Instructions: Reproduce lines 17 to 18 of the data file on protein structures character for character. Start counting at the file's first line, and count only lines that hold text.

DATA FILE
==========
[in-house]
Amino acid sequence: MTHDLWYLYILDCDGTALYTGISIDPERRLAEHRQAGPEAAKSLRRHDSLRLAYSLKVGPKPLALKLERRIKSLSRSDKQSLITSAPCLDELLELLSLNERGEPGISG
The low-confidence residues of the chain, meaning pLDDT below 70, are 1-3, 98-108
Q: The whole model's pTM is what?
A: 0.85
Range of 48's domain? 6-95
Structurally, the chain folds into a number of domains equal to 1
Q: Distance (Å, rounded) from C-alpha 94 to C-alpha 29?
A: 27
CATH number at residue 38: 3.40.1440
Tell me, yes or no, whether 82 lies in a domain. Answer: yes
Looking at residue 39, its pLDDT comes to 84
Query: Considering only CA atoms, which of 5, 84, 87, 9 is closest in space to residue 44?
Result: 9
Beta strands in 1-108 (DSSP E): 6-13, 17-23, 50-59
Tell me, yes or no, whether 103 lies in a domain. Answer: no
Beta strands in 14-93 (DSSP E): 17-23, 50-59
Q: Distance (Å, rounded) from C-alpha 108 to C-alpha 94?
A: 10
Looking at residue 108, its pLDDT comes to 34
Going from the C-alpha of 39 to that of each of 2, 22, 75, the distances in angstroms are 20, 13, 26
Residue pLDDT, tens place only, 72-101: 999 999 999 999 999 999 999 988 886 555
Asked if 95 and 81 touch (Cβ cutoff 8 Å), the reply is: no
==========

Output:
Beta strands in 14-93 (DSSP E): 17-23, 50-59
Q: Distance (Å, rounded) from C-alpha 108 to C-alpha 94?